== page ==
In Pittsburgh, a city notorious for its lack of representation in many areas, Brian Cook was a leader in trying to improve racial diversity both in front of and behind the scenes. As president Pittsburgh Federation of Black Mediahe has worked to bring more positive and affirmative stories about the Black community, and now the new role gives him the opportunity to serve as a role model for a new generation.
Three weeks after graduating from Central Catholic High School in 1998, Cook got a job at American Urban Radio Networks, which led him to work for national radio for 14 years. After that he worked on television for 10 years. And if Cook’s resume is impressive, his story is even more inspiring.
“It started when I was 10,” Cook says. “I used to look in the mirror and talk to myself, working on the projection of my voice. I tried to stand balanced and kept a wooden spoon, which we stirred and mixed Kool-Aid, and would do a report in the living room.
Cook wore many hats throughout his career, but his early curiosity cemented his success, from taking photos on the sidelines of the Pittsburgh Steelers Games, to be recently appointed Director of Communications at his alma mater, Central Catholic.
Seeing someone like him in the media was an important feature on his path to journalism. He cites the work’s 60 minutes reporter Ed Bradley, who, according to Cook, could “turn the phrase like no other,” and with whom he had the honor of corresponding until Bradley’s death in 2006.
Cook says the most rewarding thing in his career was the ability to tell “reliable” stories.
“I came up with city radio, where many times there will be negative stories about the city community,” Cook says. “I’ve always tried to turn it around and find the positive to undo the negative rhetoric.”
He adds that it is always nice to hear responses from stories that have had negative experiences with the media, he adds, for example, journalists who took their words out of context or published too much just to have Cook tell his story more fairly. and in an honest way.
He has attended and covered seven Super Cups since 2006, when he first photographed the Steelers playing with the Seattle Seahawks in Detroit. Cook says coverage of these games was a highlight of his career, and jokes that he was born wrapped in a scary towel. Cook now works full time at Central Catholic High School and says he feels at home. He praised the time he spent at the school, emphasizing that it became a strong base for his work in the media and journalism. “The Central Catholic language has a rich history with a rigorous and complex curriculum under the auspices of the teaching of Lollipop principles,” he said, referring to the teachings of St. Jean-Baptiste de La Salle, a Roman Catholic religious leader.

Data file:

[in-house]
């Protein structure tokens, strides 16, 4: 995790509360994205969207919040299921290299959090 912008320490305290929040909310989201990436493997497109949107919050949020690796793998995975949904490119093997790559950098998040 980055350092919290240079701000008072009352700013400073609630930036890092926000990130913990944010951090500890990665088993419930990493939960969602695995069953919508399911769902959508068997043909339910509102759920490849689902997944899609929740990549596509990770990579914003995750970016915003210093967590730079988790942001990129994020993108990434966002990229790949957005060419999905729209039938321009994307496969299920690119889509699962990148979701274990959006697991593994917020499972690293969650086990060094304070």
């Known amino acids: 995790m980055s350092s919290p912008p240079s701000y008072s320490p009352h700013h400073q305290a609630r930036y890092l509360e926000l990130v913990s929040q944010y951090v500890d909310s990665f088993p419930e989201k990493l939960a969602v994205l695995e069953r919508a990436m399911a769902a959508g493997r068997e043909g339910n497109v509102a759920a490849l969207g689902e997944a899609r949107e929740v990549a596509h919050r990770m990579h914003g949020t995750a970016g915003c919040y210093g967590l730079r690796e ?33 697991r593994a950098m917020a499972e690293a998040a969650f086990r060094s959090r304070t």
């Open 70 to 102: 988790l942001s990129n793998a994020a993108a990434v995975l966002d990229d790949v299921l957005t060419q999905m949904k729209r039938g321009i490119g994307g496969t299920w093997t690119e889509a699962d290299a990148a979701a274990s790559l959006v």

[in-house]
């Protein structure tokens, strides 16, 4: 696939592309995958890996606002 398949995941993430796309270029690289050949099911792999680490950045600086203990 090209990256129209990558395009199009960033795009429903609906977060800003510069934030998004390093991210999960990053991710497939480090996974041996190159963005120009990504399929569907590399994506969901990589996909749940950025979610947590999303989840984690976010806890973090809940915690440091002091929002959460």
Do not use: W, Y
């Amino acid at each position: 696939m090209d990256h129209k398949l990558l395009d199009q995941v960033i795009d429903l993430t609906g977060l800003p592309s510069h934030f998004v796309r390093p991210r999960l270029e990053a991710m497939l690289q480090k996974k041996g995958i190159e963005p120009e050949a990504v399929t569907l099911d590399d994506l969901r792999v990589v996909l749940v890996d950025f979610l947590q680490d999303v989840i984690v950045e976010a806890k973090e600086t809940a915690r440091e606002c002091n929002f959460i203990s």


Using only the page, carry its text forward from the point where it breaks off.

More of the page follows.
Before joining Central Catholic, Cook says he has worked on about seven jobs in the media at a time, including being president of the Black Media Federation, and says his management has sometimes improved significantly since he started working full-time. He says he gives 100% of himself to this role for the benefit of students and society, but also still loves going out to film for Steelers.
His father was a photographer who photographed natural landscapes in black and white, and he attributed to his mother his love of history, especially black history. Cook says the two passions combine a lot in his work, and he tries to instill them in the students he works with, as well as his son Brian Cook Jr.
“Every time I do an interview, I always talk about it, it’s my source of life,” says Cook. “I love him more than myself. This is my man. He is now nine years old, you know, he is full of life and very smart and I am trying to teach him the same principles by studying your history and learning to walk positively through life ”.
Cook says many of the students he works with are interested in participating in the media, and he has tips for other young black people who want to go out on the field.
“The first thing I’ll say is make sure that’s what you want to do,” he says. “If you want to do that, know that sometimes you have to be twice as good at it because there are so few people of color. Finally, have fun. This is a fun industry. There are opportunities to cover the red carpet at the Grammys or Oscars. There are so many different areas that you can cover. ”